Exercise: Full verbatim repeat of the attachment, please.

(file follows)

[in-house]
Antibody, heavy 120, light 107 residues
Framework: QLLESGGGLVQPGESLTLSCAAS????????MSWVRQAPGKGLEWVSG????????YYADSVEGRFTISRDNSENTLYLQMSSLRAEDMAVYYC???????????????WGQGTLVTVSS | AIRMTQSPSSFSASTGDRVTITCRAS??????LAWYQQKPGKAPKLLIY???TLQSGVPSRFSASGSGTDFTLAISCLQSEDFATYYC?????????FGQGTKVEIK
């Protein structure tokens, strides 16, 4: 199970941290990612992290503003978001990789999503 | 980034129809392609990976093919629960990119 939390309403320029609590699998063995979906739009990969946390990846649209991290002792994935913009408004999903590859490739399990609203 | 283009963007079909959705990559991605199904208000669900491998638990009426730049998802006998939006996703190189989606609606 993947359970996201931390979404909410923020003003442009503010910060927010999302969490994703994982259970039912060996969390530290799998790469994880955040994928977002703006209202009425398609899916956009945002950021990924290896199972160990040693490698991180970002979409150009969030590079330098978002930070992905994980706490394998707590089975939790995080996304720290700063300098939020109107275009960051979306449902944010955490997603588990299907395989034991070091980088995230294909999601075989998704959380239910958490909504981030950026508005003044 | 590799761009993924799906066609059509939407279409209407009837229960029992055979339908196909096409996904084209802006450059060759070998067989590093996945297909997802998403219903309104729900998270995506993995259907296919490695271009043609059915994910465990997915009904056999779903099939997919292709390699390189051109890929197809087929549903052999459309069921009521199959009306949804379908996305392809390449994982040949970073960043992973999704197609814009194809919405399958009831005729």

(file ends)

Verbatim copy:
[in-house]
Antibody, heavy 120, light 107 residues
Framework: QLLESGGGLVQPGESLTLSCAAS????????MSWVRQAPGKGLEWVSG????????YYADSVEGRFTISRDNSENTLYLQMSSLRAEDMAVYYC???????????????WGQGTLVTVSS | AIRMTQSPSSFSASTGDRVTITCRAS??????LAWYQQKPGKAPKLLIY???TLQSGVPSRFSASGSGTDFTLAISCLQSEDFATYYC?????????FGQGTKVEIK
């Protein structure tokens, strides 16, 4: 199970941290990612992290503003978001990789999503 | 980034129809392609990976093919629960990119 939390309403320029609590699998063995979906739009990969946390990846649209991290002792994935913009408004999903590859490739399990609203 | 283009963007079909959705990559991605199904208000669900491998638990009426730049998802006998939006996703190189989606609606 993947359970996201931390979404909410923020003003442009503010910060927010999302969490994703994982259970039912060996969390530290799998790469994880955040994928977002703006209202009425398609899916956009945002950021990924290896199972160990040693490698991180970002979409150009969030590079330098978002930070992905994980706490394998707590089975939790995080996304720290700063300098939020109107275009960051979306449902944010955490997603588990299907395989034991070091980088995230294909999601075989998704959380239910958490909504981030950026508005003044 | 590799761009993924799906066609059509939407279409209407009837229960029992055979339908196909096409996904084209802006450059060759070998067989590093996945297909997802998403219903309104729900998270995506993995259907296919490695271009043609059915994910465990997915009904056999779903099939997919292709390699390189051109890929197809087929549903052999459309069921009521199959009306949804379908996305392809390449994982040949970073960043992973999704197609814009194809919405399958009831005729």